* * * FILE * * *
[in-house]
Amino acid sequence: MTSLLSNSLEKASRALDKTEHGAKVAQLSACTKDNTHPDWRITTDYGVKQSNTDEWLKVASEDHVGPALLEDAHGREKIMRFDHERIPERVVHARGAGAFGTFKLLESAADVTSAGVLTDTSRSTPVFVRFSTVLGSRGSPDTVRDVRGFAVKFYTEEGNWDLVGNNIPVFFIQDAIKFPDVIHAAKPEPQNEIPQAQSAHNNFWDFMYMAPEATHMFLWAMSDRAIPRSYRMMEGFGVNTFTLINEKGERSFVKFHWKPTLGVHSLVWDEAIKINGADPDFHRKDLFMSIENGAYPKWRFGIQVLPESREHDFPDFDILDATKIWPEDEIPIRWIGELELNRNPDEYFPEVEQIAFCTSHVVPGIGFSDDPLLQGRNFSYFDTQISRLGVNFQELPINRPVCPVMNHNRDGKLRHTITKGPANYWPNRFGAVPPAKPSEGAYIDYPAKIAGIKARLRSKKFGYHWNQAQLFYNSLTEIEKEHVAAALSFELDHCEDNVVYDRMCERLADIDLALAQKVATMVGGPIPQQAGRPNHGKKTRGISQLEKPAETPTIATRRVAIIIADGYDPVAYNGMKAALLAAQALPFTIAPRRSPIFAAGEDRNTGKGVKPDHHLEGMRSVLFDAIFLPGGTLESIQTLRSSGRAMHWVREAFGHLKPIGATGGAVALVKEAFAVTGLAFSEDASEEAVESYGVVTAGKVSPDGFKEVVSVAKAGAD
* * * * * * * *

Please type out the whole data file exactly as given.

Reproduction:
[in-house]
Amino acid sequence: MTSLLSNSLEKASRALDKTEHGAKVAQLSACTKDNTHPDWRITTDYGVKQSNTDEWLKVASEDHVGPALLEDAHGREKIMRFDHERIPERVVHARGAGAFGTFKLLESAADVTSAGVLTDTSRSTPVFVRFSTVLGSRGSPDTVRDVRGFAVKFYTEEGNWDLVGNNIPVFFIQDAIKFPDVIHAAKPEPQNEIPQAQSAHNNFWDFMYMAPEATHMFLWAMSDRAIPRSYRMMEGFGVNTFTLINEKGERSFVKFHWKPTLGVHSLVWDEAIKINGADPDFHRKDLFMSIENGAYPKWRFGIQVLPESREHDFPDFDILDATKIWPEDEIPIRWIGELELNRNPDEYFPEVEQIAFCTSHVVPGIGFSDDPLLQGRNFSYFDTQISRLGVNFQELPINRPVCPVMNHNRDGKLRHTITKGPANYWPNRFGAVPPAKPSEGAYIDYPAKIAGIKARLRSKKFGYHWNQAQLFYNSLTEIEKEHVAAALSFELDHCEDNVVYDRMCERLADIDLALAQKVATMVGGPIPQQAGRPNHGKKTRGISQLEKPAETPTIATRRVAIIIADGYDPVAYNGMKAALLAAQALPFTIAPRRSPIFAAGEDRNTGKGVKPDHHLEGMRSVLFDAIFLPGGTLESIQTLRSSGRAMHWVREAFGHLKPIGATGGAVALVKEAFAVTGLAFSEDASEEAVESYGVVTAGKVSPDGFKEVVSVAKAGAD